Saturday, August 18, 2012

Mini Campaign System

Some of these rules will look specific to BattleTech (because I'm trying to manipulate 'Mech stats into matching the fluff better), but the basic structure could probably be adapted to other game universes.

Before choosing forces you'll need to calculate three or four values for every 'Mech that will be available to the players:
Production Cost = [(cruising speed)*(armor points)+(jump MP)*(armor mass)/(mass of individual jet)+(heat dissipation)*(maximum possible heat)+(weapon and equipment BV)]/10
Ready Maintenance = 3*(number of weapons, equipment, jump jets and excess actuators) + 2*(maximum possible heat)
Active Maintenance = 1.33*(armor mass)^2/(engine mass)
Repair Cost = (C-Bill price)/100,000
These values are permanent traits of a given design and do not change during play. They're scaled so that a typical 2866-3050AD 'Mech battalion costs 3600 production points and is able to ready 90% of its force, deploy 67% an average distance, repair 22%, and replace 3% every turn.

At the beginning of every turn the players generate 3 objectives. Each objective has a random value and sits a random equidistance from both players. Roll 2d6 for each objective to determine distance, and roll 2d6*20 to determine their values.

There are two ways to play this:
Bean Counting Way: At the beginning of each turn, players add 3600 points (assuming that's how many they bought forces with initially) to their unused points from the previous turn. They must pay the "ready" cost for every unit they wish to use this turn. They must also pay an amount equal to the "distance" roll x "active" cost for every unit assigned to a scout force or a main force. Units which were inactive all turn can be repaired at the end of the turn. New units can be purchased for 8x their "Production" cost.
Fast Way: Before play begins, subtract the sum of each force's "active" costs from half the sum of its "production" cost; record the difference on a token. The force receives this many bonus points each turn (or, if negative, must pay that many points each turn). Use the 2d6*20 roll to determine the equidistance to each objective: if it comes up doubles, then players must pay 2x "active" cost to assign a unit to a scout force or main force; otherwise, pay 1x "active" cost. Deactivating an undeployed unit generates points equal to its "ready" cost. Units that were neither deactivated nor deployed get repaired for free at the end of turn. "Objective" points must be spent to purchase new units (at 1x "production" cost) the same turn they are won.
Now, roll 1d6 to determine the type of objective:
1-2 Stand Up Fight (whoever destroys the most units (powered down units count half) in 10 turns)
3-4 Territory (whoever has the most hexes closer to his ground units than to opposing ground units at the end of turn 10)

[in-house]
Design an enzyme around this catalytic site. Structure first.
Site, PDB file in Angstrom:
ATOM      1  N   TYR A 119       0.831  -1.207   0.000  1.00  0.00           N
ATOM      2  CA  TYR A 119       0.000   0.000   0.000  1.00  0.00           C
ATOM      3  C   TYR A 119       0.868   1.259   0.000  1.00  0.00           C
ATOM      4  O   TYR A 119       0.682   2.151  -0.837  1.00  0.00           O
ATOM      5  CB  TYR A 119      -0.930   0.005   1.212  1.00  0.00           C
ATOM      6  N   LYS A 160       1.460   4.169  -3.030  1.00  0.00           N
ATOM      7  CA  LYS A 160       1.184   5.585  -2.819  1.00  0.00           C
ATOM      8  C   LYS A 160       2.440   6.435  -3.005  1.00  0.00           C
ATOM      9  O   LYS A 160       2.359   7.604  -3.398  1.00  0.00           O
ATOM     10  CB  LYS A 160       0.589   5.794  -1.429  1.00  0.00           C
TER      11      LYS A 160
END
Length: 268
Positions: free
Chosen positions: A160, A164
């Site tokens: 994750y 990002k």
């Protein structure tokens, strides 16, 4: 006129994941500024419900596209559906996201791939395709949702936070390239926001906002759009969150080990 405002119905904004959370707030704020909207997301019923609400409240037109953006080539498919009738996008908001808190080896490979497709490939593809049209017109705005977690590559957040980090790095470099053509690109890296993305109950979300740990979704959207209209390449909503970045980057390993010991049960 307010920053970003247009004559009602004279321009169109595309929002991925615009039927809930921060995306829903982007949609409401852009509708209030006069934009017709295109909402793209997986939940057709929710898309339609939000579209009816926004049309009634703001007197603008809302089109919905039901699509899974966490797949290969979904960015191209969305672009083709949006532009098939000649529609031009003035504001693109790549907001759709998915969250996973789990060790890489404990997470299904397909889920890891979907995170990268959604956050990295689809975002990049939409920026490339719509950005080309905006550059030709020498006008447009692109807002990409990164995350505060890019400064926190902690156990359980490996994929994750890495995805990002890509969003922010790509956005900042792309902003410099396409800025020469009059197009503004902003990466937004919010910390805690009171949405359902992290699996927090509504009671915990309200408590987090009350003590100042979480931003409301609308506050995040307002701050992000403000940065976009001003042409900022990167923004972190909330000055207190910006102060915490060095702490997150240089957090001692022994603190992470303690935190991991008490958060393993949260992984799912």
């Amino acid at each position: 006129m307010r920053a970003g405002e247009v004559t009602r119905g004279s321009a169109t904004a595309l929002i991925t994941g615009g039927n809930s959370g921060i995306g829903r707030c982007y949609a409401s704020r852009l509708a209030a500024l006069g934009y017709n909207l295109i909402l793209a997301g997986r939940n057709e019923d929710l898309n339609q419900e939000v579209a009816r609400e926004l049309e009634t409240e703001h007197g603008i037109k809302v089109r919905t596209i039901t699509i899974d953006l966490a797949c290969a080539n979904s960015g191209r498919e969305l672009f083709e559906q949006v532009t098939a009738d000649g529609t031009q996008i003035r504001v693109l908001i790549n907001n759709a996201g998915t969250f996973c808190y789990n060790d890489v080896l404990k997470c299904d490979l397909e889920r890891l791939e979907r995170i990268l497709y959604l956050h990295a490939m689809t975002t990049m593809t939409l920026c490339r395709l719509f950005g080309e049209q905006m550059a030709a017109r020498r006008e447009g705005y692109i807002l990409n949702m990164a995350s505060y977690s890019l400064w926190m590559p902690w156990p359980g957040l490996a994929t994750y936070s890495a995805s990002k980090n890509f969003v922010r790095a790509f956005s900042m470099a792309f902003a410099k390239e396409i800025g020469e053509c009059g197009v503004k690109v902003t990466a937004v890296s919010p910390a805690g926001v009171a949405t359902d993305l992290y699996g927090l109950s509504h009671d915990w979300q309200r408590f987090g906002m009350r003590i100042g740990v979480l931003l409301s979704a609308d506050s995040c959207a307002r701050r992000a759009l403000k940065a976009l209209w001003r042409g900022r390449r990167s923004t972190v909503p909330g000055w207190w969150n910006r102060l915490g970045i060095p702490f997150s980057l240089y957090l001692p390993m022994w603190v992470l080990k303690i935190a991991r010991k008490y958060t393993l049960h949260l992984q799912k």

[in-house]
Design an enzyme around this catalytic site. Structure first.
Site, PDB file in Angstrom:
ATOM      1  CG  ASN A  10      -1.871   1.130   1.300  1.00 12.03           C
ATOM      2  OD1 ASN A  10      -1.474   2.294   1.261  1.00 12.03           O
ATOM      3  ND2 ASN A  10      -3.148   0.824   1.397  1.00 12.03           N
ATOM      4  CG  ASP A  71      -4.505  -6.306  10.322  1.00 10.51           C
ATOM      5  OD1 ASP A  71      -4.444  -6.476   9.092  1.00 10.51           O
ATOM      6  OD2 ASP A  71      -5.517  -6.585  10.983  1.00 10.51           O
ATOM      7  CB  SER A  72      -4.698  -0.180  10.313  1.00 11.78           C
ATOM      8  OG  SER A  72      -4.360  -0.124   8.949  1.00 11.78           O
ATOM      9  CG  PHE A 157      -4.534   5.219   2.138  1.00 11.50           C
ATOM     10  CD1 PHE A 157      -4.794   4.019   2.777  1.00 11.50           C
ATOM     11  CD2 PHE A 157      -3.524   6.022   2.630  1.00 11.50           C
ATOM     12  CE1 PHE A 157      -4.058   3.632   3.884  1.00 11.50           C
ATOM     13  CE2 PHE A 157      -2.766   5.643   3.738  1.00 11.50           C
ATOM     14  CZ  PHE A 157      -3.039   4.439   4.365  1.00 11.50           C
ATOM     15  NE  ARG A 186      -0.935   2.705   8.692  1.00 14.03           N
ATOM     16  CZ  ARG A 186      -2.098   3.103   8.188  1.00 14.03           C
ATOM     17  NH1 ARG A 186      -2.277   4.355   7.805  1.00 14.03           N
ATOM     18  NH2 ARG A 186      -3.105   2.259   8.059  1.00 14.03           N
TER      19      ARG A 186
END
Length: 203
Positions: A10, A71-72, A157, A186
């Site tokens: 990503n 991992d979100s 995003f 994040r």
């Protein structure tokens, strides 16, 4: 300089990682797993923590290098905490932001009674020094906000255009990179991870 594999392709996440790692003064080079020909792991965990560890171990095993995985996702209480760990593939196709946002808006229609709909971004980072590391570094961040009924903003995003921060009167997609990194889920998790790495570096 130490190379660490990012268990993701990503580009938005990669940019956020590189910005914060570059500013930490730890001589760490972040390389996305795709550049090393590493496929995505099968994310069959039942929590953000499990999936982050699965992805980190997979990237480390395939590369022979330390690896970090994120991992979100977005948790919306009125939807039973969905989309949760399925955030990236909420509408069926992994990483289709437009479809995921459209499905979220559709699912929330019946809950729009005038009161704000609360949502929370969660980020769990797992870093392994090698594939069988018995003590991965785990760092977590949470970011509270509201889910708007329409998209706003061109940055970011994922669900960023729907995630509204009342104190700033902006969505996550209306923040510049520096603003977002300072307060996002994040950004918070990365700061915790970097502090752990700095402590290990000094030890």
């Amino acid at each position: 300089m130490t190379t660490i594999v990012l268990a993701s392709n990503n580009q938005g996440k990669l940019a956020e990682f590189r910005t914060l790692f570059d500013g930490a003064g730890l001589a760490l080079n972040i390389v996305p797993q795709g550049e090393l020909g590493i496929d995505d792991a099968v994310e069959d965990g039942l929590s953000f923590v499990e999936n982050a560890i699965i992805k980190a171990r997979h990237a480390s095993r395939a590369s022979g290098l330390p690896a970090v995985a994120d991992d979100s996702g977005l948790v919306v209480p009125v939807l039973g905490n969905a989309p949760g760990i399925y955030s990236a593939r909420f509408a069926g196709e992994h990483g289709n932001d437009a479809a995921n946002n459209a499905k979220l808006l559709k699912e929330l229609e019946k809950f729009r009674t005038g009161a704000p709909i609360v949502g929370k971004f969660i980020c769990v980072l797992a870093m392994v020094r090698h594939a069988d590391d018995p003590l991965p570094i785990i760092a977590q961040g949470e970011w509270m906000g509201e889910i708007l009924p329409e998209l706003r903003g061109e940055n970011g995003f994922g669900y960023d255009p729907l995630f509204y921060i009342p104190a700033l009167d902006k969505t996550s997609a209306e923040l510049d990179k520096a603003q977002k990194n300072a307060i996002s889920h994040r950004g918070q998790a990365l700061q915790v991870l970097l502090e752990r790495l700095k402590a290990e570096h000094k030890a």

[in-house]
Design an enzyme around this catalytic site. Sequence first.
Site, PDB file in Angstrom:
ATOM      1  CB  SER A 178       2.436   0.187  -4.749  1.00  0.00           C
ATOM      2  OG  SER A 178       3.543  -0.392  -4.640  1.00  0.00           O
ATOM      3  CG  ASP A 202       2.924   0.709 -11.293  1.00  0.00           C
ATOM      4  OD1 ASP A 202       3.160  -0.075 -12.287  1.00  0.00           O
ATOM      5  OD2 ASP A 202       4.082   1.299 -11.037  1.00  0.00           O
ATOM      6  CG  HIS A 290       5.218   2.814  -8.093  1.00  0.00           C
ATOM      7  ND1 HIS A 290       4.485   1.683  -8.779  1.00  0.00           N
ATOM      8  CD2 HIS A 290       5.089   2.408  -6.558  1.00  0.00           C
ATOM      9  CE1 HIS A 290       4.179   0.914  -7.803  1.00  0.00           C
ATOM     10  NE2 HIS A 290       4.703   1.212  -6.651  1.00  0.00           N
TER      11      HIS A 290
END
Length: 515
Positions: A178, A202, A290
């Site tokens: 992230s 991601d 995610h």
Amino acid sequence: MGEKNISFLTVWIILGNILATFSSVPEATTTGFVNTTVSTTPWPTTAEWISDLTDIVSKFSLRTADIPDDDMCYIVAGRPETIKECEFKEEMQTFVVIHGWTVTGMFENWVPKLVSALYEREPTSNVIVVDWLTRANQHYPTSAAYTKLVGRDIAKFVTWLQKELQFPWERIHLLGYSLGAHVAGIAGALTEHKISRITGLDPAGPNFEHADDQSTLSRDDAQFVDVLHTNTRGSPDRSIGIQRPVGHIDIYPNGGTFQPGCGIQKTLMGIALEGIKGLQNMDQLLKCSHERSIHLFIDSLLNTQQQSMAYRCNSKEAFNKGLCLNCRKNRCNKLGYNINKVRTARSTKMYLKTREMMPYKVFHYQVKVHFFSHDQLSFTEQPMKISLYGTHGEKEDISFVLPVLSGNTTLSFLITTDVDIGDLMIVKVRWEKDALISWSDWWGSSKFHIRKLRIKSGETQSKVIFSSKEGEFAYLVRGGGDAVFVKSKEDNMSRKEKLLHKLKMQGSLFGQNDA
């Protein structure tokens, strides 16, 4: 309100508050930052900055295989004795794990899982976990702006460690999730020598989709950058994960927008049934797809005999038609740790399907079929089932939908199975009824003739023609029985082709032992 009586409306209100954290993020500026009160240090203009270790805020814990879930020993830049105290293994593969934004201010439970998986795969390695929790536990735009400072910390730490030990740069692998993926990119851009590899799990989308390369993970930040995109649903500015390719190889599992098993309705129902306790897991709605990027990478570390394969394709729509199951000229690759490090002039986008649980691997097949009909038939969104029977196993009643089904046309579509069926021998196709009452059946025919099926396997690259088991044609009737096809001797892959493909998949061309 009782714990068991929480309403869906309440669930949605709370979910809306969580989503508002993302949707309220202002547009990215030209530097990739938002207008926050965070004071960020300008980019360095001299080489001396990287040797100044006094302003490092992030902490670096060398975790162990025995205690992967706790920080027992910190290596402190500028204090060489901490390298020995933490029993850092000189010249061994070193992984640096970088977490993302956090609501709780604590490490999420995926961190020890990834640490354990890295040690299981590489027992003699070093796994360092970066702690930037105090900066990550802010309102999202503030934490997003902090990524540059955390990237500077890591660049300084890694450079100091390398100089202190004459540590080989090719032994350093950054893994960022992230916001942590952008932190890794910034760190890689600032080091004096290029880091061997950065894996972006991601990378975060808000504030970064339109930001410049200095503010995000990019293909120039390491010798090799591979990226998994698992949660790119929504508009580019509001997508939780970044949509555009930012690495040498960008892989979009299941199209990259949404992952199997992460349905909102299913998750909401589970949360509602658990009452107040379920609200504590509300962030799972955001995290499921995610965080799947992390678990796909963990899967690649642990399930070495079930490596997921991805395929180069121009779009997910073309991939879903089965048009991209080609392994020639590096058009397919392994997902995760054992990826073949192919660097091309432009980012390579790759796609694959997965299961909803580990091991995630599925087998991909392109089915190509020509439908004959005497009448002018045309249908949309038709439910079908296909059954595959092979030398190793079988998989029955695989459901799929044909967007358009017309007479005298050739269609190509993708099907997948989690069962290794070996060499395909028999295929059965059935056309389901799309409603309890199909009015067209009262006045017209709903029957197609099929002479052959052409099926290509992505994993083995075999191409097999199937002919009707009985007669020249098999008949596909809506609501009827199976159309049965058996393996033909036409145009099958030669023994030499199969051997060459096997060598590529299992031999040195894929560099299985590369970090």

5-6 Grab (divide points into 4 equal lots on the middle of the board: any 'mech can carry points (on its back) equal to its tonnage, but if it doesn't have hands another 'mech would have to put them there; weapons fire destroys 1 point per point of damage) 
Once the objectives have been generated, both players secretly assign their units to any of three roles (scout, main body, rear guard) at any of the three objectives. The objectives are then resolved in any order the players choose. Resolve one site entirely before moving on to the next.

Any unit that exits off a neutral map edge is considered to have powered down or fled (as appropriate). 


Determine maps randomly, then lay them single file, narrow end to narrow end. Both players reveal their scout detachment. The force with higher average speed gets to choose its home edge. Disregard any units still on the board after 10 rounds.

If scouts advance off the opposing edge, sum their Cruising MP (plus the range of any Active Probes, plus 1 for every .25 tons of "sensors"). The opposing player then matches that total by revealing Main Body units and summing their Cruising MP (plus the range of any ECMs on the revealed units). The "EW Suite" on a revealed RVN-1X counts as 4 points of Scout probe (even when deployed with the Main Body) and 6 points of Main Body ECM (even when deployed as a Scout). If the opposing player runs out of Main Body units, begin revealing Rear Guard. If the opposing player has no Main Body or Rear Guard, then the Scouts win the Objective.

For each 2.5 tons of communication gear that advances off the opposing edge, the player may ask one yes/no question about the opponent's Main Body or Rear Guard.

Any scouts that retreat off a friendly edge join the Main Body action, but do not count as "revealed" units or contribute to the Main Body's average speed.

Main Body

After scouts finish revealing units, both players secretly decide which of their unrevealed units they want to commit to the Main Body, which they want to send after the enemy's Rear Guard and which they want to send back to their own Rear Guard (units assigned to Rear Guard do not have to pay the "active" maintenance cost). Both players then reveal all Main Body units and any Rear Guard units (like artillery or Mobile HQs) that affect the Main Body engagement.

For each 2.5 tons of communication gear a player has in the Scout force or Rear Guard, the player may choose a single mapsheet. Determine the other mapsheets randomly. The Main Body with higher average speed gets to choose its home edge. Resolve the Objective as described earlier.

If a player sent Main Body units after the opponent's Rear Guard, then lay out a second map for that battle. The Rear Guard player chooses all mapsheets, reveals all forces, and deploys on the map. The attacking player chooses home edge. Play this battle simultaneous with the Main Body battle but do not end until one side or the other has surrendered or withdrawn from the Rear Guard maps.

If a player wins the Objective or advances units off the opposing map edge, then that player may choose to pursue any defeated or retreating opposing forces.

Rear Guard